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Poems by Ken Chen
Brief Lives [excerpt]
Dramatic Monologue Against the Self
My Father and My Mother Decide My Future, and How Could We Forget Wang Wei?
Poems about the Afterlife
Advice to Passengers
by John Gallaher
Beyond Even This
by Maggie Anderson
Beyond the Years
by Paul Laurence Dunbar
Descriptions of Heaven and Hell
by Mark Jarman
En Route
by Darcie Dennigan
by Lia Purpura
Heaven for Helen
by Mark Doty
How Can It Be I Am No Longer I
by Lucie Brock-Broido
In a Country
by Larry Levis
Larry Levis in Provincetown
by Rick Hilles
Mummy of a Lady Named Jemutesonekh
XXI Dynasty

by Thomas James
Populating Heaven
by Maureen N. McLane
by Maxine Kumin
Red String
by Minnie Bruce Pratt
Song ["When I am dead, my dearest"]
by Christina Rossetti
The Book of the Dead Man (Food)
by Marvin Bell
The Odyssey, Book 11: ll. 538-556
by Rowan Ricardo Phillips
Poems about the End of the World
Poetry as Insurgent Art [I am signaling you through the flames]
by Lawrence Ferlinghetti
A Song On the End of the World
by Czeslaw Milosz
by Gerald Stern
Apocalypse Soliloquy
by Scott Hightower
by A. R. Ammons
Fire and Ice
by Robert Frost
in the ruins
by Mark Conway
The Truth About the Present
by John Lane
The Very Nervous Family
by Sabrina Orah Mark
Dead Father Poems
Do not go gentle into that good night
by Dylan Thomas
Grief Calls Us to the Things of This World
by Sherman Alexie
Lay Back the Darkness
by Edward Hirsch
Little Father
by Li-Young Lee
by William Knox
My Father
by Scott Hightower
My Father on His Shield
by Walt McDonald
My Father's Hat
by Mark Irwin
by William Meredith
Renewal [Excerpt]
by Chris Abani
Separation is the necessary condition for light.
by Brian Teare
The Figure
by Joseph Fasano
The Gift
by Li-Young Lee
Those Winter Sundays
by Robert Hayden
To Her Father with Some Verses
by Anne Bradstreet
Whose Mouth Do I Speak With
by Suzanne Rancourt
Working Late
by Louis Simpson
by W. S. Merwin
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Cruel Cogito

by Ken Chen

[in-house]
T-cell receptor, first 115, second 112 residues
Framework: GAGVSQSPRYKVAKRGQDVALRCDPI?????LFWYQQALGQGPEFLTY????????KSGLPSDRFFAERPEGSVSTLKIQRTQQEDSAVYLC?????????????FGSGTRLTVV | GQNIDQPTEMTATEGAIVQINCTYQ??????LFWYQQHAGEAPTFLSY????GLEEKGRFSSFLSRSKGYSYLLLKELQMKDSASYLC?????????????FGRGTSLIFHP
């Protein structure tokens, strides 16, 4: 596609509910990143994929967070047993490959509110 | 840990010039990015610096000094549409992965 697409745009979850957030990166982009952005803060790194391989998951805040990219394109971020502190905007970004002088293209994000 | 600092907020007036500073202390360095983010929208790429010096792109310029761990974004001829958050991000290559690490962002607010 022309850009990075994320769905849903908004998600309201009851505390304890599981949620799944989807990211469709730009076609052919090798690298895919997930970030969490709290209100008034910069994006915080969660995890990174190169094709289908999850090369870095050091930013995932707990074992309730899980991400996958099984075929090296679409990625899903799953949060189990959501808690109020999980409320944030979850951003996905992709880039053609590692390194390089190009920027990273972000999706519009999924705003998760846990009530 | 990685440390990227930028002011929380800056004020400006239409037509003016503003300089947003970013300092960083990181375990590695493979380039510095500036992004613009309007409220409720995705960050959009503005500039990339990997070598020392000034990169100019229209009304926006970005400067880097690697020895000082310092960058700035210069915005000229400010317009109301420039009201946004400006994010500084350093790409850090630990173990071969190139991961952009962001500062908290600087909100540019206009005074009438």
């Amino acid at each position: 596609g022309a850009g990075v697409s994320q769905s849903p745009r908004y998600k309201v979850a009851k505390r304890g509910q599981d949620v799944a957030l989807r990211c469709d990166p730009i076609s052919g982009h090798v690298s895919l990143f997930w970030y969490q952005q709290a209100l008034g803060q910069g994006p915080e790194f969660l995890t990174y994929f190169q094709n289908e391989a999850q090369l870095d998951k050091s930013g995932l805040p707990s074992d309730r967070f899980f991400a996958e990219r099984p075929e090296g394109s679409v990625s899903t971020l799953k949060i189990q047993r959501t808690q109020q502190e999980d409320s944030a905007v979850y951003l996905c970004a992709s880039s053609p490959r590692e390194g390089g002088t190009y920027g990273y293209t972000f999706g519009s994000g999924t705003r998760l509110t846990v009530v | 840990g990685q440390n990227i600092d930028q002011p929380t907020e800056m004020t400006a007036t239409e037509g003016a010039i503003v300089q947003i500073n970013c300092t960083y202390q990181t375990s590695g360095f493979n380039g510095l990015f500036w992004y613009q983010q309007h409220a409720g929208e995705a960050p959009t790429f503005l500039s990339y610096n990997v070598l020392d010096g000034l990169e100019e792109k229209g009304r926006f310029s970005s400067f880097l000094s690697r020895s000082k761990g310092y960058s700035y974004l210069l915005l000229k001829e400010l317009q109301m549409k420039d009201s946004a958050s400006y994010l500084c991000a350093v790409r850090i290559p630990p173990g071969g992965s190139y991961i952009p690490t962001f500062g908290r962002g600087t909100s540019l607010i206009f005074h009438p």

How joyous!, 
passing this time alone 
with your father, how bright his golden laugh 
which drew you to laugh yourself uncontrolled, 
how sweet the happy hour oysters you two pry and eat, 
piling wobbling shells that glisten on the table
while the pianist plays by the kitchen doors. 
You find yourself reminded of what you wrote 
in the eulogy: that you two would still possess 
a relationship even though 
he was dead, that you could still 
go and speak with him 
when you dreamed

and so you see the seat opposite from you seats no one.
About this poem:
"This is an early scene from a book-length manuscript called The Death Star, concerning the death of the author's father. The manuscript explores the idea of death as a form of immigration--and re-imagines the underworld not as a metaphysical idea but as a spatial location and Tristan not as an epic lover but as a fallible interpreter for asylum cases to the underworld. Many of the poems focus on the apocalypse (as well as its opposite, cosmogony), with a hint of hysterical science fiction and magical kitsch, and a special emphasis on that most apocalyptic historical moment: imperialism."

—Ken Chen

Copyright 2013 by Ken Chen. Used with permission of the author. This poem appeared in Poem-A-Day on October 21, 2013. Browse the Poem-A-Day archive.
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